First, We Bitch-Slap the Lawyers

Whats it like to be a prospective juror in the Haidl case?

Photo by James BunoanBased on the Weekly's coverage, it's a good bet none of us will get appointed to the jury in the gang-rape trial involving Gregory Haidl, son of Orange County Assistant Sheriff Don Haidl. But we've lucked into the next best thing: an interview with one of the case's prospective jurors, who here shares what it was like to be considered for the county's highest-profile case. We've agreed not to name the person, who when asked about fixing the American legal system would not go so far as to say we should kill all the lawyers, but did agree "a few of them could use a good bitch-slap."

OC Weekly: Based on their questions, where are the defense and prosecution likely to go with this trial?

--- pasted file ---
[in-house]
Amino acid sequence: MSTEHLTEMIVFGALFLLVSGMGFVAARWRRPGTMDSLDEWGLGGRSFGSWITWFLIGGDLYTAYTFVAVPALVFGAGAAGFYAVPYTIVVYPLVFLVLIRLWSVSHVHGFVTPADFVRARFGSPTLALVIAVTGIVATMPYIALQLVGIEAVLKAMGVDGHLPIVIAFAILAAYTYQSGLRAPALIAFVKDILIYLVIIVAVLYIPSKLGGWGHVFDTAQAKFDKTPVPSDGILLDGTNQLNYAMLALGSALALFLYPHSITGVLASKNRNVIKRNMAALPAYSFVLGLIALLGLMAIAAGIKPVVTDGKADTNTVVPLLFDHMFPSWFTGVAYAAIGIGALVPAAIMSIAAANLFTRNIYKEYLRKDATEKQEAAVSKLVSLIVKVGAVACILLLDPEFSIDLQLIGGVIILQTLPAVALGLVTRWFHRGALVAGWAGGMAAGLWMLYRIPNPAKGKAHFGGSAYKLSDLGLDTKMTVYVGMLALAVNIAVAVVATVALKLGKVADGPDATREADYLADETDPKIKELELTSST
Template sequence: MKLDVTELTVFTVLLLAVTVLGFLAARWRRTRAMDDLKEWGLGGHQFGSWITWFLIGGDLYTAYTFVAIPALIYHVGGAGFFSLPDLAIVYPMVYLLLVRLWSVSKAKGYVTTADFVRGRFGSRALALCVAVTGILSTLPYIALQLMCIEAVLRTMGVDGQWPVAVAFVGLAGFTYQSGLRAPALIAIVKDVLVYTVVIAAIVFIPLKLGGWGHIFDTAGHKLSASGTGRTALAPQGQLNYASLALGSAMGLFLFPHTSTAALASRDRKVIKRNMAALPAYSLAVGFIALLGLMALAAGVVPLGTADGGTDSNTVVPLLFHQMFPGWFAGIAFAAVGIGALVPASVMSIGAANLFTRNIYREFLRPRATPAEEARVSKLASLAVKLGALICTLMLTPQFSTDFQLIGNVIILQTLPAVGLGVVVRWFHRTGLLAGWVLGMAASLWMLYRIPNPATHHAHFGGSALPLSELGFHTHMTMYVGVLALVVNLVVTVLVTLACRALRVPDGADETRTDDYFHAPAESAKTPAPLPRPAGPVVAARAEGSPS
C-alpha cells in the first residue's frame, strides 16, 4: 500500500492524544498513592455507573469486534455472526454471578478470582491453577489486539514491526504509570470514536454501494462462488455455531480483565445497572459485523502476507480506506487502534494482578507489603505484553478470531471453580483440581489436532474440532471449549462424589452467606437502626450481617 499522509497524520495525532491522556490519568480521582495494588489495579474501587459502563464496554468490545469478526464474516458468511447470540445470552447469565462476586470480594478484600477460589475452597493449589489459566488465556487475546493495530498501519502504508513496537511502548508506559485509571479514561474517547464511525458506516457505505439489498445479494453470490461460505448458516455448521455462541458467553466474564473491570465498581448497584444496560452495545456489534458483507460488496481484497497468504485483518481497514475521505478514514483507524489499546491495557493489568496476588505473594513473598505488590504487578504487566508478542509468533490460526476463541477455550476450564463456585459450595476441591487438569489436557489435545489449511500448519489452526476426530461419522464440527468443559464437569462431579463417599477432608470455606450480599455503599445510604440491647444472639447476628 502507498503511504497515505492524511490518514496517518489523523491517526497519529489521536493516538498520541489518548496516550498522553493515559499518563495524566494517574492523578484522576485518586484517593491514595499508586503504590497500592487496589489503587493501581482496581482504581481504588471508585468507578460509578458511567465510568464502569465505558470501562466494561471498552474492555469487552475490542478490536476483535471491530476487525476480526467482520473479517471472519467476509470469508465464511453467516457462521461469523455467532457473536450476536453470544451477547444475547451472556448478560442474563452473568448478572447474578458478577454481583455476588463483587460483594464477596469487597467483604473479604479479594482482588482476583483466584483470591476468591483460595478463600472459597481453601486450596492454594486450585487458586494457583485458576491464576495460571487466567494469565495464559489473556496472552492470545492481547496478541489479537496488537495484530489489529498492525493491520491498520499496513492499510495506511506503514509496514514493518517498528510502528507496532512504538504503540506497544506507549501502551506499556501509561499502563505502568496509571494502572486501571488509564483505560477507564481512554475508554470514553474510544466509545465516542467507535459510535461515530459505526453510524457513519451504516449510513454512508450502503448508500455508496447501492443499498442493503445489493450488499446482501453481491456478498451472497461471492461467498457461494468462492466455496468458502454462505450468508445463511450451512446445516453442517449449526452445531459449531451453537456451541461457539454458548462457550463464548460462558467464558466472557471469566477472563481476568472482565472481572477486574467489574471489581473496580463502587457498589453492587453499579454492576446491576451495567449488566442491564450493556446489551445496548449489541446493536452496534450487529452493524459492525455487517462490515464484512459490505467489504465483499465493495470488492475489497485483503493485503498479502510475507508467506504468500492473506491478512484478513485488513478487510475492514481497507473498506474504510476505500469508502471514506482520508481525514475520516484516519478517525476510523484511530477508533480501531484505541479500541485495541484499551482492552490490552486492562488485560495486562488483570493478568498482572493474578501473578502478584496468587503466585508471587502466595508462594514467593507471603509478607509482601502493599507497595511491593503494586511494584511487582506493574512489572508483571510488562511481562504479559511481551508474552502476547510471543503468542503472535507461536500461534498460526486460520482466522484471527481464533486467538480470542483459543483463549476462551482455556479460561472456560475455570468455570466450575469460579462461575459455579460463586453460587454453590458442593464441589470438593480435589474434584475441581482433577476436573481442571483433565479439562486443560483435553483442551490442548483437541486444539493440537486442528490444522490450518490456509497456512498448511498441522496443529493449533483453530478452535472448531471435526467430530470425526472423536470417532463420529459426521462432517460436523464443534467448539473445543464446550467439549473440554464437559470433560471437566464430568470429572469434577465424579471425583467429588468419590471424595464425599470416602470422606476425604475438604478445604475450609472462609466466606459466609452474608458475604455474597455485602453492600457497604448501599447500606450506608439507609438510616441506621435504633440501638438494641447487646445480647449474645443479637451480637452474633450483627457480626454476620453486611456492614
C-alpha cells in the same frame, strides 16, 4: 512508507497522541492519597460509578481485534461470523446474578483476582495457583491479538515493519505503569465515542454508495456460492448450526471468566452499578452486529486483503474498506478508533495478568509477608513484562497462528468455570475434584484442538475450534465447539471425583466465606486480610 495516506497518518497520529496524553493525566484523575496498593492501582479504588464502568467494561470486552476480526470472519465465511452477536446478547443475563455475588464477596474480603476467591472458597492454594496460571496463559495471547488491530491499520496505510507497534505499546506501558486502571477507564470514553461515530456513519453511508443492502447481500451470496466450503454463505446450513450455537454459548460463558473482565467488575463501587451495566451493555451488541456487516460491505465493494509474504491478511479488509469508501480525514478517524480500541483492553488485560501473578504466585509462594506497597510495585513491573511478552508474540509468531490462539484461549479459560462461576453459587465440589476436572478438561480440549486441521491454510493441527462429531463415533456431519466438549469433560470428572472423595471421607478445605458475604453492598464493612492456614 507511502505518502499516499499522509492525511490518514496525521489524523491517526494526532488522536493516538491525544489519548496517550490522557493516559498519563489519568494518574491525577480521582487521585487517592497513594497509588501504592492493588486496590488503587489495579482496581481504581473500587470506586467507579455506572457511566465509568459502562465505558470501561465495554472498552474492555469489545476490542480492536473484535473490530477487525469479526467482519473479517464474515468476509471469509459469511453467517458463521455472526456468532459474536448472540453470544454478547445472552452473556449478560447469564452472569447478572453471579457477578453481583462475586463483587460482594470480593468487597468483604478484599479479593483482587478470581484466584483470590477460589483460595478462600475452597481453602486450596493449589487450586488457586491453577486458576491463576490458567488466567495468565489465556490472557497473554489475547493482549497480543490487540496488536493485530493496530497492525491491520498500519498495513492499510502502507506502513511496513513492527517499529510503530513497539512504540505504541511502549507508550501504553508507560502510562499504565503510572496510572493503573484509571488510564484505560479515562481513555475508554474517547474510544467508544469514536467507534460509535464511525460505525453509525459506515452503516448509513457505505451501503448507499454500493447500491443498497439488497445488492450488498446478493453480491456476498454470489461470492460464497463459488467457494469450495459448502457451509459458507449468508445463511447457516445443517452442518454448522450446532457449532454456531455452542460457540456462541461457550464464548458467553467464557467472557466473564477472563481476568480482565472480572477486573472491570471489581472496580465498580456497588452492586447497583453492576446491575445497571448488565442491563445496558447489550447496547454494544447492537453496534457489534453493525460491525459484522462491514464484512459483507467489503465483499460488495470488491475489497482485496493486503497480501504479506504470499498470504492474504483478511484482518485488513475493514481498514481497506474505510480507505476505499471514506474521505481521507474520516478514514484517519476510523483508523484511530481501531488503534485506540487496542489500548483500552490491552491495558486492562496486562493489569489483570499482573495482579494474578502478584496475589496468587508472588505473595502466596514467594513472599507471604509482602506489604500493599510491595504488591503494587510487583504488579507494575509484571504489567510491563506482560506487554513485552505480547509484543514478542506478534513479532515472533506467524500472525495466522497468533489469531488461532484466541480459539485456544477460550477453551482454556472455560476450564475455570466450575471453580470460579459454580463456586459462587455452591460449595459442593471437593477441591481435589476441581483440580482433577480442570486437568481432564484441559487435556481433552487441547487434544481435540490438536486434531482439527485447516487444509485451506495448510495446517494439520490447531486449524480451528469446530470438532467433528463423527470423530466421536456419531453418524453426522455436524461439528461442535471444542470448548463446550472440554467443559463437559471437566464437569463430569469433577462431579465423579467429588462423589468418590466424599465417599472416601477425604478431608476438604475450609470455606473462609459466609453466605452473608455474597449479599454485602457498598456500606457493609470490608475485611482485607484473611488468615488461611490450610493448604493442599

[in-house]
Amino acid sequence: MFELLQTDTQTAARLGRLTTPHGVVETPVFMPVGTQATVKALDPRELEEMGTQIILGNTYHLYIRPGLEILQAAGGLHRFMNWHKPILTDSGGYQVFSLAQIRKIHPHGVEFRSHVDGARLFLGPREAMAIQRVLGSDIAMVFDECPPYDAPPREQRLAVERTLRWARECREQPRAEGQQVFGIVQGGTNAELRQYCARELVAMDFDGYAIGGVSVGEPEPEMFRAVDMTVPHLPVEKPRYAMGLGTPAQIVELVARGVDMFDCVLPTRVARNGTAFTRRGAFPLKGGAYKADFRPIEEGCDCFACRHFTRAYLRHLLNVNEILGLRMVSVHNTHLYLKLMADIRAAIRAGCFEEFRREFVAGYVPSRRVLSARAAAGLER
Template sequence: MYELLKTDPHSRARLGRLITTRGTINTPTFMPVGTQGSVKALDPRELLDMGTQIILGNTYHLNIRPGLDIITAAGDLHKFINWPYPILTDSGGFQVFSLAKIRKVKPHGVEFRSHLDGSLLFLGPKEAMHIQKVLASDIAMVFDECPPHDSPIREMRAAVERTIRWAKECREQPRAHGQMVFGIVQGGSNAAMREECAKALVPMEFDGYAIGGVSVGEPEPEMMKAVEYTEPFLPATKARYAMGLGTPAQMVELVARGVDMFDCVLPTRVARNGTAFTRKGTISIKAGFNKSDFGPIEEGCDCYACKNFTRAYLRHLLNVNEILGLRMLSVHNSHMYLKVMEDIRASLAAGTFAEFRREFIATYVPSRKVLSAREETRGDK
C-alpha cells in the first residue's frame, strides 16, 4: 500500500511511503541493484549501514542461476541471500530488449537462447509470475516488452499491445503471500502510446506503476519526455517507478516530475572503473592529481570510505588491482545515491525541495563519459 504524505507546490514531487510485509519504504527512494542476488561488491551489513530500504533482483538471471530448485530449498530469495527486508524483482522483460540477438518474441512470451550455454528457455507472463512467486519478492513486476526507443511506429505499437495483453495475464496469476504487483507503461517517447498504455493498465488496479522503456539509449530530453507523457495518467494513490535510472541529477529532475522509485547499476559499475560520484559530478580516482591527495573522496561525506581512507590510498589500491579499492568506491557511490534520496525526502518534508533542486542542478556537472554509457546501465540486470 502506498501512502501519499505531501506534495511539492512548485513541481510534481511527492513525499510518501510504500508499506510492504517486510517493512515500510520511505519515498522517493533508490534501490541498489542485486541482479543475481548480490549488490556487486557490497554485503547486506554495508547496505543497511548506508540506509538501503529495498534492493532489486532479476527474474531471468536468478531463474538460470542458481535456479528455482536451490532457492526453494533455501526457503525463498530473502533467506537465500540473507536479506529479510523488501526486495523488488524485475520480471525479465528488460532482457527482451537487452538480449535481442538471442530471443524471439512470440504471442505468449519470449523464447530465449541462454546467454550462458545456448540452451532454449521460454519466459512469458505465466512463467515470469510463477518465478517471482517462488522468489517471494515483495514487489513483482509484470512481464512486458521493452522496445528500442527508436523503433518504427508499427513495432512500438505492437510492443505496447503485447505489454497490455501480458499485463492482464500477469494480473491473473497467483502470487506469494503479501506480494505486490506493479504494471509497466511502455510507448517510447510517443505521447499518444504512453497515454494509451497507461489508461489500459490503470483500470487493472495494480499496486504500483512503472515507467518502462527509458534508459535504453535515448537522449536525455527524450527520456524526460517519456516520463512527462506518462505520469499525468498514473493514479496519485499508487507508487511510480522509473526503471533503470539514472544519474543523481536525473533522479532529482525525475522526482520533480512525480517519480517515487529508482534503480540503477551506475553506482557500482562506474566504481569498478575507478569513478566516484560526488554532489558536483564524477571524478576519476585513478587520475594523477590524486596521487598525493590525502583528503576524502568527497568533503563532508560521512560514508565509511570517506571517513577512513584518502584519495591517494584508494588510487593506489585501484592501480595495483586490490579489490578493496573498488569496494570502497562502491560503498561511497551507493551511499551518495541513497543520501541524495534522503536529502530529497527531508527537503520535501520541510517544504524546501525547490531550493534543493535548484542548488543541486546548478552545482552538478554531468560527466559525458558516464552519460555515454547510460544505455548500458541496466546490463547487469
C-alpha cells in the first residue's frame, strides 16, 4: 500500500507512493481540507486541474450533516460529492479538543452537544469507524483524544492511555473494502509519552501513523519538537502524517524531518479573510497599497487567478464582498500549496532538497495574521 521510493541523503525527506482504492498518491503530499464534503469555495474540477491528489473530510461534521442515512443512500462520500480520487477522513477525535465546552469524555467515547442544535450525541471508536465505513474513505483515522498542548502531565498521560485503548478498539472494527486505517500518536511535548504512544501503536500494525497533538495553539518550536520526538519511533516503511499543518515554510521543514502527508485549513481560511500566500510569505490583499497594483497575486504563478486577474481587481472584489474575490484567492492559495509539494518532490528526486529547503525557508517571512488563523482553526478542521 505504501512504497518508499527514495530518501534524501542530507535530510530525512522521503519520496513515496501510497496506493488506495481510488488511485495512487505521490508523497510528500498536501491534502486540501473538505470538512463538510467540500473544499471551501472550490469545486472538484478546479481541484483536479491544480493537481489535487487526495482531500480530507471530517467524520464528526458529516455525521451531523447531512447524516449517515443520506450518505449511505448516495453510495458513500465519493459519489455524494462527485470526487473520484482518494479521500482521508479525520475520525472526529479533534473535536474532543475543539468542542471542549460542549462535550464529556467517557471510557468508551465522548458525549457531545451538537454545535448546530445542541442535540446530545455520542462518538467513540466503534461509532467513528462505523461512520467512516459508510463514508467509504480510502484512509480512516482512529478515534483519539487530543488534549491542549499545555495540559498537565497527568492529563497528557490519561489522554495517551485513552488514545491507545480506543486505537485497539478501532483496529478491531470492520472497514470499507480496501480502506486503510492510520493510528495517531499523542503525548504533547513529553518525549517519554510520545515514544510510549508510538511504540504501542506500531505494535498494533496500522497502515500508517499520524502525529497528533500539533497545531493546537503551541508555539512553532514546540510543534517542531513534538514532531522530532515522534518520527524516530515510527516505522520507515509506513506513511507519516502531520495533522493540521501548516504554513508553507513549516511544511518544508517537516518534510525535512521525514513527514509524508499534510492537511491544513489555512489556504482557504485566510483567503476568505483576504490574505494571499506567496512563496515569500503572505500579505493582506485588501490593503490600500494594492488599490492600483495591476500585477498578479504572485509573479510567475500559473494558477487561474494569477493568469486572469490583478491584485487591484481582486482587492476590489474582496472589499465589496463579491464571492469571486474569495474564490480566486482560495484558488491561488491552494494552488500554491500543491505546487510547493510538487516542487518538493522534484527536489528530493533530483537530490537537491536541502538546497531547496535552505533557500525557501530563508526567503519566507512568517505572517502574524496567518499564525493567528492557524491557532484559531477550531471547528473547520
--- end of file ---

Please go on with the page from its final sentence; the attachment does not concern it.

Prospective juror: The defense all but told us where they were headed when they questioned the jurors, and it won't surprise anyone. Basically, they intend to bring this girl's entire sexual history into play, paint her as a sex-craved slut and prove some form of prior consent to the acts in question. It sounds as if they'll also try to prove that group sex among teens isn't just happening, but that it's a currently acceptable party trend that takes place all the time. But a prostitute can be raped, and a man with no prior convictions can be a rapist . . . so I don't know that those arguments will really help the defense. Did you get the sense the defense wanted a certain type of juror on the pool and was aggressively booting certain types?Definitely. One juror was excused, from what I could tell, simply because he happened to be a young, good-looking guy who might know that group sex isn't common in our age bracket. Looked to me like they were mostly releasing people who weren't easily led. Anyone who displayed too much common sense was gone before you could blink. They seemed to hang on, mostly, to retired men. What was the most bizarre question you were asked during the process?I was asked if I had a bumper sticker on my car and if I had ever used a sex-toy. Also, in the questionnaire, we were asked if we had ever visited cigarettesluts.com or whorecastle.com. Had you?No, I hadn't visited either website. But I'm sure they got a few more hits after this questionnaire gave them the free advertising. What was the most unusual or bizarre thing you heard a fellow juror say?We were asked, in front of the defendants and all these people (I'm guessing about 200, maybe?), to talk about sexual assault or abuse in our own lives or the lives of those close to us. One juror broke my heart when he revealed that his first wife had been a victim of a rape in the apartment they shared—and that the rapist had slit her throat. It was agonizing. One guy, probably just to get out of the pool, flat-out said, "They're guilty. I mean, there's a videotape, right?" Did that guy get on the jury?No, he was dismissed following the lunch break. The defendants were in the room the entire time. What was your impression of them?On first entering the courtroom, before I knew anything about the case, they were sitting there next to the lawyers, and I thought they must have been interns. They have the appearance of typical, clean-cut young men. Did the defendants do anything unusual?Not really. Greg Haidl seemed very interested in what was going on and was often discussing things with his lawyers. In fact, he seems to have a permanent look of surprise or curiosity on his face. He seems "apart" from the other two. Kyle Nachreiner and Keith Spann were always together, both in and out of the courtroom. They were motionless almost the entire time—very serious. They always disappeared on breaks and were never around Greg outside of the courtroom. At least not that I saw. Greg hung with his father and the lawyers. Would you like to bro down with the judge?Judge BriseƱo kicks ass. He has a great sense of humor. But when push comes to shove, he seems like a guy who doesn't put up with any shit. What was your impression of the attorneys?Greg's lead attorney—[Joseph] Cavallo—seemed like a bona fide sleaze. He all but admitted he was an ass during our questioning. In fact, almost the entire ham-fisted defense team turned my stomach. Except for Keith Spann's lawyer. He conducted himself quite well and seems like the most decent of the bunch. On the flipside, the prosecuting attorney [Dan Hess] was careful, kind, intelligent and seemed very capable and likeable. What was the feeling among the jury pool about wanting to serve on this jury? Were they looking forward to it or dreading it?Definitely most were dreading it. A few who admitted they would like to serve were grilled by the defense, who suggested they had some hidden agenda. Did the judge tell prospective jurors to keep quiet about the whole process?Not specifically about the jury-selection process, but about the case, yes. We were asked to try not to read anything about it and not to discuss it with one another. Basically, what you might expect. We were also warned not to talk to any of the lawyers, defendants or their family members. How would you describe this process?Aggravating. Disturbing. Maybe even a little scary. Based on what you experienced, do you feel these guys will get a fair trial?I think they will. I worry about what the "alleged victim"—that's what they called her—will have to endure in that courtroom, though. The Haidl trial began Monday, as the Weekly went to press.
 
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